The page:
After the class Bar is instantiated, you can also read the values of the name and website attributes of the instance, and the instance type is Bar.

It can be said that various types of classes required can be defined in the form of type(name, bases, dict). However, in practice, this form is not commonly used, but prefers to use the following methods:

>>> class Meta(type): pass

Class Meta inherits type, which is also called metaclass. The code block of the class in the above example only writes pass. If you have more complex needs, you can use the knowledge you have learned to write more statements in the class code block. The metaclasses defined in this way are more extensible and readable than the direct use of type(name, bases, dict).

If you create a new class with the metaclass Meta you have created now, use the following method:

>>> class Spam(metaclass=Meta): pass
>>> s = Spam()

The difference between the class Spam defined here and the previously defined classes is that the class name is followed by parentheses. In the parentheses, the metaclass parameter metaclass is used to describe the metaclass (note that this is not inheritance). In this way, the class Spam is created by using the metaclass Meta. The above process can also be described in the following language:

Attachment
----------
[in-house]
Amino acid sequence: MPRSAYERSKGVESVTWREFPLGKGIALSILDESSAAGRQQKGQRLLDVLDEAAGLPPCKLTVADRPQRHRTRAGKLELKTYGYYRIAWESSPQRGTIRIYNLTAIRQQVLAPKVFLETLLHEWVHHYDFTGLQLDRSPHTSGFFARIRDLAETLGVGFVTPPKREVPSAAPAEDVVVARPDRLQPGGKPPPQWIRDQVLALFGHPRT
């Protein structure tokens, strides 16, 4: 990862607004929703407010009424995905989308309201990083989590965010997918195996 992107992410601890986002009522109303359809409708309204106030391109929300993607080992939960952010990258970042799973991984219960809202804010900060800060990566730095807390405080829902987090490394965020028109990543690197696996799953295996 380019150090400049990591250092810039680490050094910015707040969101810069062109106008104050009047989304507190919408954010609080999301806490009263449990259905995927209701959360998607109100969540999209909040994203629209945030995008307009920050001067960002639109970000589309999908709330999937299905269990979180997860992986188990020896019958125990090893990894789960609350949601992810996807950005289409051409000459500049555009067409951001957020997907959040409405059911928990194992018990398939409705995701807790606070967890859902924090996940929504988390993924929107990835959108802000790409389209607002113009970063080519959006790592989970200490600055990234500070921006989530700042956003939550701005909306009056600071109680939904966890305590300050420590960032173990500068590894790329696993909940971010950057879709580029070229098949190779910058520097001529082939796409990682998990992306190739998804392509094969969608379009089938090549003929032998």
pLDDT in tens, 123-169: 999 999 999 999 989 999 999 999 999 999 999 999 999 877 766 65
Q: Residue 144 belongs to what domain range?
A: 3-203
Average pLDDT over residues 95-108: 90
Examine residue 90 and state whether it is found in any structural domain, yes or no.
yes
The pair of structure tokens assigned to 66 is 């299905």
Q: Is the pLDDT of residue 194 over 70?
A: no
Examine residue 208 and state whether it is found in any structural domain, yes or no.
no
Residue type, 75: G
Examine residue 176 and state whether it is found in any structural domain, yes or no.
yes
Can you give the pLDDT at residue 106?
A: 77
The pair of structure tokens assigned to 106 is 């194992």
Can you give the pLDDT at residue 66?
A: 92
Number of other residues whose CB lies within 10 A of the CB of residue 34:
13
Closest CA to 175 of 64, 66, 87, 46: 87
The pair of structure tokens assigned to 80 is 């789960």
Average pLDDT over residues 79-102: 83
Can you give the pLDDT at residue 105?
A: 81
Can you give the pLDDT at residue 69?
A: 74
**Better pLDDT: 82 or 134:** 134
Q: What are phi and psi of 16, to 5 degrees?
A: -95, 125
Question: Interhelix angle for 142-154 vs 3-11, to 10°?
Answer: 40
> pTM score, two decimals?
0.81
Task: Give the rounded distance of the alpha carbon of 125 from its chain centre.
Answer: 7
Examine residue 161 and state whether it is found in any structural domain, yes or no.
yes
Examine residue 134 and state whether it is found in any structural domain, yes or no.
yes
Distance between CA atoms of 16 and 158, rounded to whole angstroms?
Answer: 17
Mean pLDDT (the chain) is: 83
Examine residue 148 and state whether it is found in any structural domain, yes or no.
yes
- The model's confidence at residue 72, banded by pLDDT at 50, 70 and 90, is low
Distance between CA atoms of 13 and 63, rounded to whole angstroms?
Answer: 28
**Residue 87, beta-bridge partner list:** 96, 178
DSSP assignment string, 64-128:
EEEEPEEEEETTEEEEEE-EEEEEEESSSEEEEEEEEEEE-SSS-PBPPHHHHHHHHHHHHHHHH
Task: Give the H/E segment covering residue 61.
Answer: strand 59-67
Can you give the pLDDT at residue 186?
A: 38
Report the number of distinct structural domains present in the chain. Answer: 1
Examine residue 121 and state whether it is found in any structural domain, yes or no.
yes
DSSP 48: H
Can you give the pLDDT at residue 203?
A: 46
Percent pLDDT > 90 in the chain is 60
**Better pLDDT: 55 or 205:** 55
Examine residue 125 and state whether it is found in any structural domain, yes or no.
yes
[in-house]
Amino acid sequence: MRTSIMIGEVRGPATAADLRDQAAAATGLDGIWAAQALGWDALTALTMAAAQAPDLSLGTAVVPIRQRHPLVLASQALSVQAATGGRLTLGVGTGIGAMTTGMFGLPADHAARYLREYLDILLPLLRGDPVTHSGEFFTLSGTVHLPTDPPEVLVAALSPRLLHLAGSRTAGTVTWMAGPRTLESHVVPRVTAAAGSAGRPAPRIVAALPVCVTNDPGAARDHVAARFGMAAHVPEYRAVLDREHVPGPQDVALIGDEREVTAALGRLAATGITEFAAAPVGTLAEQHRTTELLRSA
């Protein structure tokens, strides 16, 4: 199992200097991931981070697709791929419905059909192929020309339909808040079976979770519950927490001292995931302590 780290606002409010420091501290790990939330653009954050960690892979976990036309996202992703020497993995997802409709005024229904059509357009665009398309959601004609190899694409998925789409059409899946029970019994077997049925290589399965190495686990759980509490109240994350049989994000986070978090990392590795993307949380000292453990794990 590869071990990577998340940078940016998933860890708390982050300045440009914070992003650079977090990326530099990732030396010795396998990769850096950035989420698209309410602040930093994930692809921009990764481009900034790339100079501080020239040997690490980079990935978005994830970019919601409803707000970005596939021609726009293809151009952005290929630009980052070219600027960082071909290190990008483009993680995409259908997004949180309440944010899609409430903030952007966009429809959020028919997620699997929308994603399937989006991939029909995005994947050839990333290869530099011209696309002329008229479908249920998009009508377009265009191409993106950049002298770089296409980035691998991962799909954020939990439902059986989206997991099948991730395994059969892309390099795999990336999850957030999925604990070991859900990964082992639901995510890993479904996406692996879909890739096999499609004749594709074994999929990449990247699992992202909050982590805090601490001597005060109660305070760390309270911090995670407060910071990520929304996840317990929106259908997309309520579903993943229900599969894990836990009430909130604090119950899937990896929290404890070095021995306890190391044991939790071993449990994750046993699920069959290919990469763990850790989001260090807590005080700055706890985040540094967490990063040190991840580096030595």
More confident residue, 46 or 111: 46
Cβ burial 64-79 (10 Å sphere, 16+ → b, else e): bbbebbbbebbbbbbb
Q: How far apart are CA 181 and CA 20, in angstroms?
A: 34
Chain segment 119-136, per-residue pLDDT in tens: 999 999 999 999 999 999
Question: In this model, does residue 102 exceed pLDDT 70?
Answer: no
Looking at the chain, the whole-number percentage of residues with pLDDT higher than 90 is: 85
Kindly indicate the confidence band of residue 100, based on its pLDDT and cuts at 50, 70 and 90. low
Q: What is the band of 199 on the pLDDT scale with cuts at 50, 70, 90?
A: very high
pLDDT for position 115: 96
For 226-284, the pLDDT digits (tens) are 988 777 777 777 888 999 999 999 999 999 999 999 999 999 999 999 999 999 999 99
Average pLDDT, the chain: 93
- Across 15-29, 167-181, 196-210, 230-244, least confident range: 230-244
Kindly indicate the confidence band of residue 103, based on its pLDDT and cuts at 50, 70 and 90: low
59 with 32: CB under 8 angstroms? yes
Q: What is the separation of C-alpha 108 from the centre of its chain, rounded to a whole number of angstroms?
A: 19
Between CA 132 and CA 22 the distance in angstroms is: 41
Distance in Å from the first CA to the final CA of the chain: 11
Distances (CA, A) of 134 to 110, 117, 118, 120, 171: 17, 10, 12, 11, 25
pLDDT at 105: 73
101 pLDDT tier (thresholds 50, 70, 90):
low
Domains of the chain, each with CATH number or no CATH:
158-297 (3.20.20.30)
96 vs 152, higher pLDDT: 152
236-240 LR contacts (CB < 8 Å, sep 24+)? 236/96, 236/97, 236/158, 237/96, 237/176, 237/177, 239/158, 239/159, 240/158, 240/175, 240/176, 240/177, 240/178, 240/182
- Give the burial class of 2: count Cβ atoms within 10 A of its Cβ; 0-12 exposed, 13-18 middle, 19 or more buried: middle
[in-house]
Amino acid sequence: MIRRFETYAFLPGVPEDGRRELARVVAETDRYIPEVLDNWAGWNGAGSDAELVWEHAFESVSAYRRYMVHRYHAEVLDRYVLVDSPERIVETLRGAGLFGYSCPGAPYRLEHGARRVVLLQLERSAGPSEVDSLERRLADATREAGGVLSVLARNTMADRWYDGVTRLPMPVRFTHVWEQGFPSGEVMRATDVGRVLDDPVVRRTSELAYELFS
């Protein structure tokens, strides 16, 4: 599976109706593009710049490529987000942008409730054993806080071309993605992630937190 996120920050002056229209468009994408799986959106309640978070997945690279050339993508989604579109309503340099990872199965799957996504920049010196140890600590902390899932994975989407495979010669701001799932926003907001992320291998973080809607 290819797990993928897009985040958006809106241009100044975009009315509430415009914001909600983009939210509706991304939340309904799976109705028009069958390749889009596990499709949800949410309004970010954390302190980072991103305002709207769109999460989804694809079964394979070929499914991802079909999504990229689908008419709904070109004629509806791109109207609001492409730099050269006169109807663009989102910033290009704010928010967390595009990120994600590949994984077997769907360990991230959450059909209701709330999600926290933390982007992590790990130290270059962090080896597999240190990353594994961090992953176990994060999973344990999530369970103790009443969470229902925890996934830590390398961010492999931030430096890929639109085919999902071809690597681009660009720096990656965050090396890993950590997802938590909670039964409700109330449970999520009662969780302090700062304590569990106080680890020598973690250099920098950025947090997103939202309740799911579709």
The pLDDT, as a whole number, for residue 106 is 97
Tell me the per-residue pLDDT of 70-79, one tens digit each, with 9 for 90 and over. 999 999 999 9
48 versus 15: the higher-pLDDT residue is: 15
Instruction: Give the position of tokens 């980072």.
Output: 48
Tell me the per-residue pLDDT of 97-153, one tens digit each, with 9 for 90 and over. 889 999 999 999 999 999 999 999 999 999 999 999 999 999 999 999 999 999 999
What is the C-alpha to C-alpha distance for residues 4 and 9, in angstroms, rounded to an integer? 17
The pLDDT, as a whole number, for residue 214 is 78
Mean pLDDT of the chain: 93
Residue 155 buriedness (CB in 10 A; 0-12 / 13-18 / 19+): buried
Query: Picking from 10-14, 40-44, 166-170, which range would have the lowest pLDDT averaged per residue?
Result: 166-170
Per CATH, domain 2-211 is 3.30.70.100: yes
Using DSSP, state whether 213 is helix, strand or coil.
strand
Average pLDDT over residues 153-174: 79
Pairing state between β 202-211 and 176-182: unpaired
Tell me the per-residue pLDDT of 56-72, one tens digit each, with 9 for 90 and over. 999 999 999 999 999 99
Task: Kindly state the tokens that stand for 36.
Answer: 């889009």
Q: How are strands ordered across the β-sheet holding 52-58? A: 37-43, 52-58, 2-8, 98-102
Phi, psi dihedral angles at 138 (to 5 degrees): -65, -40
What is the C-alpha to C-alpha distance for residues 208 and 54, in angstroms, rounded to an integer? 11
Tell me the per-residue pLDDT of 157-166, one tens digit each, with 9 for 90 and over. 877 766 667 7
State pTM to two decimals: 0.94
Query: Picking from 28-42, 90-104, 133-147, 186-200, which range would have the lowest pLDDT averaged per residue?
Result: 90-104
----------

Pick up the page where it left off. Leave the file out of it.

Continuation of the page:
• Class Spam is an instance of metaclass Meta;
  • The metaclass Meta instantiation obtains the class Spam.
>>> s.__class__
<class '__main__.Spam'>
>>> s.__class__.__class__
<class '__main__.Meta'>
>>> s.__class__.__class__.__class__
<class 'type'>

Let's enrich the content in the metaclass to make the defined metaclass have some special functions. You can write various properties and methods in metaclasses -- metaclasses are also classes, so the methods of previously defined classes are still valid here (the following code is written in IDE).

class AuthorMeta(type):
    def __new__(cls, name, bases, attrs):
        print("AuthorMeta is called.")
        attrs['__author__'] = "laoqi"